A couple of years of ago, a credit score of 680 was enough to qualify for a very good interest rate. Actually, a few years ago all you needed was a pulse. If you’re looking to apply for a loan, you should read this article entitled Loans tight even with good credit:
Now 680 is the line of demarcation for who qualifies and who qualifies for a competitive rate,” said Greg McBride, senior financial analyst for bankrate.com, a financial Web site. “The further below 680 you are, the tougher it gets to qualify. Before, if you had a pulse, you could get a loan.”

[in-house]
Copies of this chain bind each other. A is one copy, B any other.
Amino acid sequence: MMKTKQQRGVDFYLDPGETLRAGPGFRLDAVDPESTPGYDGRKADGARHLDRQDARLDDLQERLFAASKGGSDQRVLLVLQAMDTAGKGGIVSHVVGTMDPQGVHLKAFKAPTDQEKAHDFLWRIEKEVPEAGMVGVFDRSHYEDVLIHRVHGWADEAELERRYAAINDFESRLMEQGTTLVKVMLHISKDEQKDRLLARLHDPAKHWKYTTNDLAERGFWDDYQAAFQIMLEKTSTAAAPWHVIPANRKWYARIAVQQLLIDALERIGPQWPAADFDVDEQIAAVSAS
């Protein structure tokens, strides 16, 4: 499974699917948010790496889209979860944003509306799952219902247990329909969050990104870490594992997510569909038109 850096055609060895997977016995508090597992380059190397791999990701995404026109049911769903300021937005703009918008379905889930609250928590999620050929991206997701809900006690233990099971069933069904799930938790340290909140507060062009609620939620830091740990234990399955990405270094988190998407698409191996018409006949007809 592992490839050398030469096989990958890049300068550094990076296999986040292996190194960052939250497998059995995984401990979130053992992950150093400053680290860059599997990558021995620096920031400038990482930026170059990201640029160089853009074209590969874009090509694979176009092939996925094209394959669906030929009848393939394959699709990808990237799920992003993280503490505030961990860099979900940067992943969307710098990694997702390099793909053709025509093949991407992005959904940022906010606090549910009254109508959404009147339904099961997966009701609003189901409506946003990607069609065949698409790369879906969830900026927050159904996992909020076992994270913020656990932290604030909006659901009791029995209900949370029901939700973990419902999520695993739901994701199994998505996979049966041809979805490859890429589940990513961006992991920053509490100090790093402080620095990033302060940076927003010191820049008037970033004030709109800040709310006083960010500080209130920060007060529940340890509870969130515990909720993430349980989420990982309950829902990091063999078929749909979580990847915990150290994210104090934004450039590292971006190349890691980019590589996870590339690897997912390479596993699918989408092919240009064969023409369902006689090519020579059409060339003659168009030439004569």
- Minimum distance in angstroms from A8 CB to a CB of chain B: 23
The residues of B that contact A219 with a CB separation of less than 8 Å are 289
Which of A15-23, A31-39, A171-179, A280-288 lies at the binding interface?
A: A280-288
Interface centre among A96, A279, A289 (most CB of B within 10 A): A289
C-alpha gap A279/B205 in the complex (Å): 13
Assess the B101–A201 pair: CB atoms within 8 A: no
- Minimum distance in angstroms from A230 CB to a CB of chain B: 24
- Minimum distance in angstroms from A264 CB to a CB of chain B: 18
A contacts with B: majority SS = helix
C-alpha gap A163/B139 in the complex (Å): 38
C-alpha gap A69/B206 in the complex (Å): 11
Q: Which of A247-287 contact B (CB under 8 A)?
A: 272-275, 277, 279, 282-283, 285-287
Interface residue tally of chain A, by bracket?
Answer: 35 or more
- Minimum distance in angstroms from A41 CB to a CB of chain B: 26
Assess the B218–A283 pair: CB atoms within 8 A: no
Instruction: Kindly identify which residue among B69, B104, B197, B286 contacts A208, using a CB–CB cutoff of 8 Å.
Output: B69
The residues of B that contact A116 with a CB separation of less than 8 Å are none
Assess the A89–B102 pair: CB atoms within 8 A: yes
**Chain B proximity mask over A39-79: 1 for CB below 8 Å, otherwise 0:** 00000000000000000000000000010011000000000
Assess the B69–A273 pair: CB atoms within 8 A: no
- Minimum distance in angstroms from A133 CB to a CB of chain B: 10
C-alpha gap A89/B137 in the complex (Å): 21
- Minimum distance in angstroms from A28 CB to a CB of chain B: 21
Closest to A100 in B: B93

The lack of available credit has made it tougher for some consumers to get loans. And with the recent enactment of the Credit CARD Act, many in the financial world have predicted credit will become even more difficult to get.
The difference between an excellent credit score and a mediocre number could save you hundreds of dollars each month in mortgage payments or auto loans. And with a low credit score, buyers may have trouble getting a loan.
Someone financing a $200,000 home with a credit score between 760 and 850 could have a monthly payment of $1,036 on a 30-year fixed mortgage, according to Informa Research Services. But with a credit score between 620 and 639, the monthly payment rises to $1,235.
As a broker I see the tightening of credit as a serious potential problem, thus, I’m not willing to call the bottom until I know how this credit issues is going to play out.